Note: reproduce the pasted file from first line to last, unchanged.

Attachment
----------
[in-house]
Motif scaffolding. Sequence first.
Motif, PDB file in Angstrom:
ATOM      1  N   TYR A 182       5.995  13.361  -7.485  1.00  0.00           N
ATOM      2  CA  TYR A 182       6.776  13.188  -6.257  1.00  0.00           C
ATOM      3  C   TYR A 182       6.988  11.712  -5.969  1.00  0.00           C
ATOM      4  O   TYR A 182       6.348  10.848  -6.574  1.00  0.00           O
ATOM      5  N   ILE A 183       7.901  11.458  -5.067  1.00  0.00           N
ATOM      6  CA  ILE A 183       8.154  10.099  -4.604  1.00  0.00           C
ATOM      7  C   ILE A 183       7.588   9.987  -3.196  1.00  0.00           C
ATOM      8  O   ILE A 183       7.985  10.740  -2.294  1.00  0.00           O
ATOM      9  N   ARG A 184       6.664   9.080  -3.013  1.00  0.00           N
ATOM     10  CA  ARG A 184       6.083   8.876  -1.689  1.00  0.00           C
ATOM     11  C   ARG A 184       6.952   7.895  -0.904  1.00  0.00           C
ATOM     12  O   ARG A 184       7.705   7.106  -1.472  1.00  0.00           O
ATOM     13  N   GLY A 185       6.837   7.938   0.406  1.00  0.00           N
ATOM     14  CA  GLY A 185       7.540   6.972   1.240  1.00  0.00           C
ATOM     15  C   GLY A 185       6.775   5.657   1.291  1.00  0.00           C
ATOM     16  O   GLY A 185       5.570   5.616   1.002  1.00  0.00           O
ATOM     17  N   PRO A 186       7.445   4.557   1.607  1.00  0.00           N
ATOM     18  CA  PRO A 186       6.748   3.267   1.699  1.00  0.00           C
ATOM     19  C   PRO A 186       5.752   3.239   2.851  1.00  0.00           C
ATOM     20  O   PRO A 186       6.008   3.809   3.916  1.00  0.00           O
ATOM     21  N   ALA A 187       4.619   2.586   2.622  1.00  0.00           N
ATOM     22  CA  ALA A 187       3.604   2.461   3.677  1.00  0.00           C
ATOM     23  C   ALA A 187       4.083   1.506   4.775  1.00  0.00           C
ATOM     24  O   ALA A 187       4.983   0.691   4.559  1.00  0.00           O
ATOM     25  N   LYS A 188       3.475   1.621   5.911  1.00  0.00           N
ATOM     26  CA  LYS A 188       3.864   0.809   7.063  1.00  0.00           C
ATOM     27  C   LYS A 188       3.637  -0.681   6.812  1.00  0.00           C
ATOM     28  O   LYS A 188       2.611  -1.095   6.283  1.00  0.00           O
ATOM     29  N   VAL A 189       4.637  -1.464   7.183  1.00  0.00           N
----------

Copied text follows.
[in-house]
Motif scaffolding. Sequence first.
Motif, PDB file in Angstrom:
ATOM      1  N   TYR A 182       5.995  13.361  -7.485  1.00  0.00           N
ATOM      2  CA  TYR A 182       6.776  13.188  -6.257  1.00  0.00           C
ATOM      3  C   TYR A 182       6.988  11.712  -5.969  1.00  0.00           C
ATOM      4  O   TYR A 182       6.348  10.848  -6.574  1.00  0.00           O
ATOM      5  N   ILE A 183       7.901  11.458  -5.067  1.00  0.00           N
ATOM      6  CA  ILE A 183       8.154  10.099  -4.604  1.00  0.00           C
ATOM      7  C   ILE A 183       7.588   9.987  -3.196  1.00  0.00           C
ATOM      8  O   ILE A 183       7.985  10.740  -2.294  1.00  0.00           O
ATOM      9  N   ARG A 184       6.664   9.080  -3.013  1.00  0.00           N
ATOM     10  CA  ARG A 184       6.083   8.876  -1.689  1.00  0.00           C
ATOM     11  C   ARG A 184       6.952   7.895  -0.904  1.00  0.00           C
ATOM     12  O   ARG A 184       7.705   7.106  -1.472  1.00  0.00           O
ATOM     13  N   GLY A 185       6.837   7.938   0.406  1.00  0.00           N
ATOM     14  CA  GLY A 185       7.540   6.972   1.240  1.00  0.00           C
ATOM     15  C   GLY A 185       6.775   5.657   1.291  1.00  0.00           C
ATOM     16  O   GLY A 185       5.570   5.616   1.002  1.00  0.00           O
ATOM     17  N   PRO A 186       7.445   4.557   1.607  1.00  0.00           N
ATOM     18  CA  PRO A 186       6.748   3.267   1.699  1.00  0.00           C
ATOM     19  C   PRO A 186       5.752   3.239   2.851  1.00  0.00           C
ATOM     20  O   PRO A 186       6.008   3.809   3.916  1.00  0.00           O
ATOM     21  N   ALA A 187       4.619   2.586   2.622  1.00  0.00           N
ATOM     22  CA  ALA A 187       3.604   2.461   3.677  1.00  0.00           C
ATOM     23  C   ALA A 187       4.083   1.506   4.775  1.00  0.00           C
ATOM     24  O   ALA A 187       4.983   0.691   4.559  1.00  0.00           O
ATOM     25  N   LYS A 188       3.475   1.621   5.911  1.00  0.00           N
ATOM     26  CA  LYS A 188       3.864   0.809   7.063  1.00  0.00           C
ATOM     27  C   LYS A 188       3.637  -0.681   6.812  1.00  0.00           C
ATOM     28  O   LYS A 188       2.611  -1.095   6.283  1.00  0.00           O
ATOM     29  N   VAL A 189       4.637  -1.464   7.183  1.00  0.00           N